From: Paul Cockshott (wpc@DCS.GLA.AC.UK)
Date: Mon Jul 26 2004 - 10:40:44 EDT
Jurriaan wrote The dispute among real Marxists has never been about whether there should be a market or no market, but (1) where markets are effective and efficient, and where they are not, or violate social priorities, (2) how these markets should function, and (3) to what extent it is possible to replace markets by superior forms of resource allocation, which is the overall aim. That is how Lenin, Trotsky and Bukharin approached it as well. The goal is to abolish a situation where production of output is mainly conditional on accumulation of private capital, rather than conditional on social priorities agreed to by the majority of society. But this does not mean that a private sector would not continue to exist to some extent, in areas where that is useful and productive, for example, entrepreneurship. In large part, the large corporations are internally already functioning as planned economies, and for basic consumer goods the demand is known, predictable and stable, and is supplied by just a few corporations. In that sense, socialisation is objectively already occurring. ----------------------------------- Paul C Well presumably by Juriaans definition I am not a real Marxist as I contend that Marx and Engels considered the abolition of the market and the abolition of money to be one of the main goals of the communist movement. It is clear enough that markets are compatible with socialism, as we have observed socialist societies in which markets exist. The doctrinal point concerns communism. Marx foresaw the abolition of money in 'the first stage of communist society', before it had even shaken off the notion of bourgeois right. It is clear that Soviet authors like Lenin, Trotsky, Bukharin and Stalin all saw some form of continuation of the market as being compatible with socialism. In this they continued the doctrines of their mentor Kautsky. But the effect of this was to project communism to a never-nervier land, a receding mirage of material plenty, obscuring the question of the social relations necessary for communist economic forms to arise.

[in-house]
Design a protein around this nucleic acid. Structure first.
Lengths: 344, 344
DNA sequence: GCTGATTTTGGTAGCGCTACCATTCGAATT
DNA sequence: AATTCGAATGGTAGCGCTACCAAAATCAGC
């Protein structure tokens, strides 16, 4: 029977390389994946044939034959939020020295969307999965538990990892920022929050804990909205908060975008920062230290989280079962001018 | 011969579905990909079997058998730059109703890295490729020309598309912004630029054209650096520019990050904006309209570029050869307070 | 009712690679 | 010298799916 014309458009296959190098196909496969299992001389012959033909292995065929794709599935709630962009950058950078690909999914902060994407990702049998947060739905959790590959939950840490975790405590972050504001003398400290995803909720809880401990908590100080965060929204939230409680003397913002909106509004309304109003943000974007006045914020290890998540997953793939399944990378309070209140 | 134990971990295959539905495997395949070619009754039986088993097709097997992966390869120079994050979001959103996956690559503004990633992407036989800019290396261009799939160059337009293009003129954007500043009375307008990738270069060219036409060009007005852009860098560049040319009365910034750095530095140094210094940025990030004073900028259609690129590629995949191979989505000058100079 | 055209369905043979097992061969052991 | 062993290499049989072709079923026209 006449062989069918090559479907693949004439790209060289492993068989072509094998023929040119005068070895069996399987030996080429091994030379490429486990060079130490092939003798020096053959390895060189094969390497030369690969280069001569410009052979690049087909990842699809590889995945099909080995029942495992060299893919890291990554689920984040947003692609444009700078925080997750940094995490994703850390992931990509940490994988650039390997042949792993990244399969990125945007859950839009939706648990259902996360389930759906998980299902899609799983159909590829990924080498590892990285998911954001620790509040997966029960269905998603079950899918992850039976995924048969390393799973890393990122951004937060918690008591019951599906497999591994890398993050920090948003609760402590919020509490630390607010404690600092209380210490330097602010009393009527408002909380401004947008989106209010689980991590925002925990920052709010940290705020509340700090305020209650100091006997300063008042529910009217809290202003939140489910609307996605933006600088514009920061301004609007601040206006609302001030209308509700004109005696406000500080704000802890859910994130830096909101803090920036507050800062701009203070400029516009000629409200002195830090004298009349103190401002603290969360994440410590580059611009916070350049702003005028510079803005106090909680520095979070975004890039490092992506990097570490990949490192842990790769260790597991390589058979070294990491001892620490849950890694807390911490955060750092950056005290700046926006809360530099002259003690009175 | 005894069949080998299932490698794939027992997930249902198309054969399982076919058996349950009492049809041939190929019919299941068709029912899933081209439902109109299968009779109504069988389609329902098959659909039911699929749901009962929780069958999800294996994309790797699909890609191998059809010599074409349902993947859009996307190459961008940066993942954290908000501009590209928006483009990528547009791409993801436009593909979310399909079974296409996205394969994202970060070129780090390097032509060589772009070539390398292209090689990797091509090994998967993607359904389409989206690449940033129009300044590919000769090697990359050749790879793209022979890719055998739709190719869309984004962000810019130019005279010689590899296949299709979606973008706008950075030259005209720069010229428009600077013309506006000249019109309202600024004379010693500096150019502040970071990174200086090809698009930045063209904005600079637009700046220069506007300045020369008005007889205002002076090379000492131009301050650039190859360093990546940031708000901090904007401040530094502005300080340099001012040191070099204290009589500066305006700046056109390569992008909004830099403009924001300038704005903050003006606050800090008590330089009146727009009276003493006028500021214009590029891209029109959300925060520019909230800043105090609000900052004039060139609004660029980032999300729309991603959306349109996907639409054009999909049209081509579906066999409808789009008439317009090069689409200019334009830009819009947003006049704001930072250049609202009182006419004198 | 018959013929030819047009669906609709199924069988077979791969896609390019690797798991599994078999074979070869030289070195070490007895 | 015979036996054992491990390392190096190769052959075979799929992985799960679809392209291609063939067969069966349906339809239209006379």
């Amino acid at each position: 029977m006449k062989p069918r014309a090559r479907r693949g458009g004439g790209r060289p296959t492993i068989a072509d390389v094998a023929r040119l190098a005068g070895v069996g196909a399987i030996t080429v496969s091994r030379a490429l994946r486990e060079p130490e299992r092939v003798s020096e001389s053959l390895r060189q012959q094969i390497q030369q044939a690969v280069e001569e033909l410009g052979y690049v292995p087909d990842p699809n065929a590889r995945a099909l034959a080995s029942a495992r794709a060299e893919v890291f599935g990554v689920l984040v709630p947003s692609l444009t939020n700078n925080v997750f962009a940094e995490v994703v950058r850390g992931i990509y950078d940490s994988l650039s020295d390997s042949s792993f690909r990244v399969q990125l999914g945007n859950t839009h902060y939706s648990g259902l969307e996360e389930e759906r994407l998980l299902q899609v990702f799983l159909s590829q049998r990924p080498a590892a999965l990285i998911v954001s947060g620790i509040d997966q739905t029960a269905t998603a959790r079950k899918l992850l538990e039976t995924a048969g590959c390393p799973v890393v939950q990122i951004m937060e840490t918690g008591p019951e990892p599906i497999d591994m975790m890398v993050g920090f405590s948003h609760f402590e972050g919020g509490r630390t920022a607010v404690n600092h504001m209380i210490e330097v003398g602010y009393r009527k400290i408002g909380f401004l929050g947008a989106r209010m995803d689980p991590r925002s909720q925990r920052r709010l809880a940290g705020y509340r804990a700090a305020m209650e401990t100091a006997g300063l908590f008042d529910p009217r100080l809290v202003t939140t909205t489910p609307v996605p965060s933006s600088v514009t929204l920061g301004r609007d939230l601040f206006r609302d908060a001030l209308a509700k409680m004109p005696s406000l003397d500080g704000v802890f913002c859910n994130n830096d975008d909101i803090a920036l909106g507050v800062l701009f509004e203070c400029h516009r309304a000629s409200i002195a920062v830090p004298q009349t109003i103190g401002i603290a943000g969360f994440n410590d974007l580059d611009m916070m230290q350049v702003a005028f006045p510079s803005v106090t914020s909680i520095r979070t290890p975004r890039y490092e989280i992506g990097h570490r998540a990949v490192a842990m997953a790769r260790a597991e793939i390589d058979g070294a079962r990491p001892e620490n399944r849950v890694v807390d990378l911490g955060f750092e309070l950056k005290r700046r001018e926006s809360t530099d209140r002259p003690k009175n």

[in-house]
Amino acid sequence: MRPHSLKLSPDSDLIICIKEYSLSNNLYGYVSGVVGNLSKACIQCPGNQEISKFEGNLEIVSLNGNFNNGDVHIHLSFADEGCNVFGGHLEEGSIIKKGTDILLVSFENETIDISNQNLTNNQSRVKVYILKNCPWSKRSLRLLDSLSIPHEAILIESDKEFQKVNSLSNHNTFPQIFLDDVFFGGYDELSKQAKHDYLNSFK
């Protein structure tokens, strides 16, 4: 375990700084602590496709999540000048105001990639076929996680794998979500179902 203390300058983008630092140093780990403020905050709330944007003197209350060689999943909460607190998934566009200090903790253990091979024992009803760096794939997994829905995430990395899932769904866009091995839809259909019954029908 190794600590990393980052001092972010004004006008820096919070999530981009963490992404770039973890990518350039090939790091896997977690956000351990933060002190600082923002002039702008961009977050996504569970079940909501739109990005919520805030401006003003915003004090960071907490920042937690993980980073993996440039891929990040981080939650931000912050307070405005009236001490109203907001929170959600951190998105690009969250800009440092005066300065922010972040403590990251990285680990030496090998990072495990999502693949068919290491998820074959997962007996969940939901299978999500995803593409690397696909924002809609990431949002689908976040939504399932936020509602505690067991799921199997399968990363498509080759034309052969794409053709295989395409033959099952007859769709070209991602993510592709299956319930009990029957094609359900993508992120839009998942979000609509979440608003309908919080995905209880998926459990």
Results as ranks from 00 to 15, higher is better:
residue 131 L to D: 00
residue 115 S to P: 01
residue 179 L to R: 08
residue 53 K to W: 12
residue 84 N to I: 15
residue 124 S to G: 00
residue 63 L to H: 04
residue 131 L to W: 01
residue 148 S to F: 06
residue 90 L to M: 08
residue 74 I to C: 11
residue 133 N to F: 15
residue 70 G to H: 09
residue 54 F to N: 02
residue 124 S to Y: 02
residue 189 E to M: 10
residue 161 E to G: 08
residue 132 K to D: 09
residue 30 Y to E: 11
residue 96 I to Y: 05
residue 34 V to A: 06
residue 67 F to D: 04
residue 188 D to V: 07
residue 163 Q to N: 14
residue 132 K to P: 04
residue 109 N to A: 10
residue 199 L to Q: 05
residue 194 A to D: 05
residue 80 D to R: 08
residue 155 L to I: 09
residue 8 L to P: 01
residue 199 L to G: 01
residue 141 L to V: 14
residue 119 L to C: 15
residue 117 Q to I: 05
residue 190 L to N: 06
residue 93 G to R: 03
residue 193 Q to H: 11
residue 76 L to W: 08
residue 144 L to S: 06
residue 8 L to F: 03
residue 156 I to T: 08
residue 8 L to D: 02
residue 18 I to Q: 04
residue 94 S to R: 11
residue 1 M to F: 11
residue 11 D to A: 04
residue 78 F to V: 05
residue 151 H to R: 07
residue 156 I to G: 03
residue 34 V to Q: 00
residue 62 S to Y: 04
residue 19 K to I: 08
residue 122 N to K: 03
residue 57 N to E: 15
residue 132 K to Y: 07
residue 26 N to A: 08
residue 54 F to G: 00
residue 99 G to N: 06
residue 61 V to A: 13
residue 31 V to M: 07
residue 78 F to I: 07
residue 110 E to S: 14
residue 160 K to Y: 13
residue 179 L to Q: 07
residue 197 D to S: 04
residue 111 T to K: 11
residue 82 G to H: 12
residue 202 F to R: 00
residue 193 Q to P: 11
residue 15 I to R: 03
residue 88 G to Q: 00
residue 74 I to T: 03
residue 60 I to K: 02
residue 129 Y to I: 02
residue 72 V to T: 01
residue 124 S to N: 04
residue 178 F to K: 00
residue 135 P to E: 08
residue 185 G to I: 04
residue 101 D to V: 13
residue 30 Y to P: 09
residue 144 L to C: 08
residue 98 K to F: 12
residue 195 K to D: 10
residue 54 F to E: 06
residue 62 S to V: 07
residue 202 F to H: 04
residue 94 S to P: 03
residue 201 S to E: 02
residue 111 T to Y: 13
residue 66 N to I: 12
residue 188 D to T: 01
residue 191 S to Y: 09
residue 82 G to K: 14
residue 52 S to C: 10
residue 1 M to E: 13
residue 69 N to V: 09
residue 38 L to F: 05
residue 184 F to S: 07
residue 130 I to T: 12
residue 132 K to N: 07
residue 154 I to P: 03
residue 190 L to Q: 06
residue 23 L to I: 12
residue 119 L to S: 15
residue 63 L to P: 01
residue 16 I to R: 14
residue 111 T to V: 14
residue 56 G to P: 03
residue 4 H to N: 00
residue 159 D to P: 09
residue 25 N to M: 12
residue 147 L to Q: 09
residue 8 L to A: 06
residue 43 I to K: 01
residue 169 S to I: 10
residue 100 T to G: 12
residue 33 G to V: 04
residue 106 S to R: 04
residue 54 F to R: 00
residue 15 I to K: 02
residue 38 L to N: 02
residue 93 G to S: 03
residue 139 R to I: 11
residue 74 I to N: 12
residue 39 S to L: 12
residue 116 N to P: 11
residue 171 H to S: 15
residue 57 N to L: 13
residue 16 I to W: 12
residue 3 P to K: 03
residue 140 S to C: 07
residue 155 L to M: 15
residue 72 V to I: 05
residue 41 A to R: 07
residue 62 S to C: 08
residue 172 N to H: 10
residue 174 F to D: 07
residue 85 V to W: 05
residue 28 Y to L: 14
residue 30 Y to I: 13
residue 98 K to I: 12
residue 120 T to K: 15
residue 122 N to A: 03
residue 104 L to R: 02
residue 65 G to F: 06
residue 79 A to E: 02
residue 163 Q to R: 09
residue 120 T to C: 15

This archive was generated by hypermail 2.1.5 : Wed Jul 28 2004 - 00:00:01 EDT